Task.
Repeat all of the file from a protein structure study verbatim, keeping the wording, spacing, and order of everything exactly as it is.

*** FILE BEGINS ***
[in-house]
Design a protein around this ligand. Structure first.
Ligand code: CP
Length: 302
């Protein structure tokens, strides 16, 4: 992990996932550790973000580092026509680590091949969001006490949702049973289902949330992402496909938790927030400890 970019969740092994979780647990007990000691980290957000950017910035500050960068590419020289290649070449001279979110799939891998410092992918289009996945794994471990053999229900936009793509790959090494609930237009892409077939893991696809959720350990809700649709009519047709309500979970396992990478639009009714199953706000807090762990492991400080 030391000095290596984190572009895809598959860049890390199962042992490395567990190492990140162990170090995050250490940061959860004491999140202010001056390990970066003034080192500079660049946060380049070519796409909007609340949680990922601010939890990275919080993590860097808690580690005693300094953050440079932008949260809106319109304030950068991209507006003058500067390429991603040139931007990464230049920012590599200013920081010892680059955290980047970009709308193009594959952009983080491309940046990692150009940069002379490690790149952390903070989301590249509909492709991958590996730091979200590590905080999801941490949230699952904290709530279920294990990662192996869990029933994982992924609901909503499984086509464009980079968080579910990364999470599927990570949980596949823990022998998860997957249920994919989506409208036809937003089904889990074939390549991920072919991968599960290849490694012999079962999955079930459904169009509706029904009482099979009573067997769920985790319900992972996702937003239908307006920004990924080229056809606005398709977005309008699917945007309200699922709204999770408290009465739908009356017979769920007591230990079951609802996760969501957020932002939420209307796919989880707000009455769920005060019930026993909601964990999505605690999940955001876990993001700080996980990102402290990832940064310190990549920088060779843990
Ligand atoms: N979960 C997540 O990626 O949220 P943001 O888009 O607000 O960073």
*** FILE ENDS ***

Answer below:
[in-house]
Design a protein around this ligand. Structure first.
Ligand code: CP
Length: 302
């Protein structure tokens, strides 16, 4: 992990996932550790973000580092026509680590091949969001006490949702049973289902949330992402496909938790927030400890 970019969740092994979780647990007990000691980290957000950017910035500050960068590419020289290649070449001279979110799939891998410092992918289009996945794994471990053999229900936009793509790959090494609930237009892409077939893991696809959720350990809700649709009519047709309500979970396992990478639009009714199953706000807090762990492991400080 030391000095290596984190572009895809598959860049890390199962042992490395567990190492990140162990170090995050250490940061959860004491999140202010001056390990970066003034080192500079660049946060380049070519796409909007609340949680990922601010939890990275919080993590860097808690580690005693300094953050440079932008949260809106319109304030950068991209507006003058500067390429991603040139931007990464230049920012590599200013920081010892680059955290980047970009709308193009594959952009983080491309940046990692150009940069002379490690790149952390903070989301590249509909492709991958590996730091979200590590905080999801941490949230699952904290709530279920294990990662192996869990029933994982992924609901909503499984086509464009980079968080579910990364999470599927990570949980596949823990022998998860997957249920994919989506409208036809937003089904889990074939390549991920072919991968599960290849490694012999079962999955079930459904169009509706029904009482099979009573067997769920985790319900992972996702937003239908307006920004990924080229056809606005398709977005309008699917945007309200699922709204999770408290009465739908009356017979769920007591230990079951609802996760969501957020932002939420209307796919989880707000009455769920005060019930026993909601964990999505605690999940955001876990993001700080996980990102402290990832940064310190990549920088060779843990
Ligand atoms: N979960 C997540 O990626 O949220 P943001 O888009 O607000 O960073």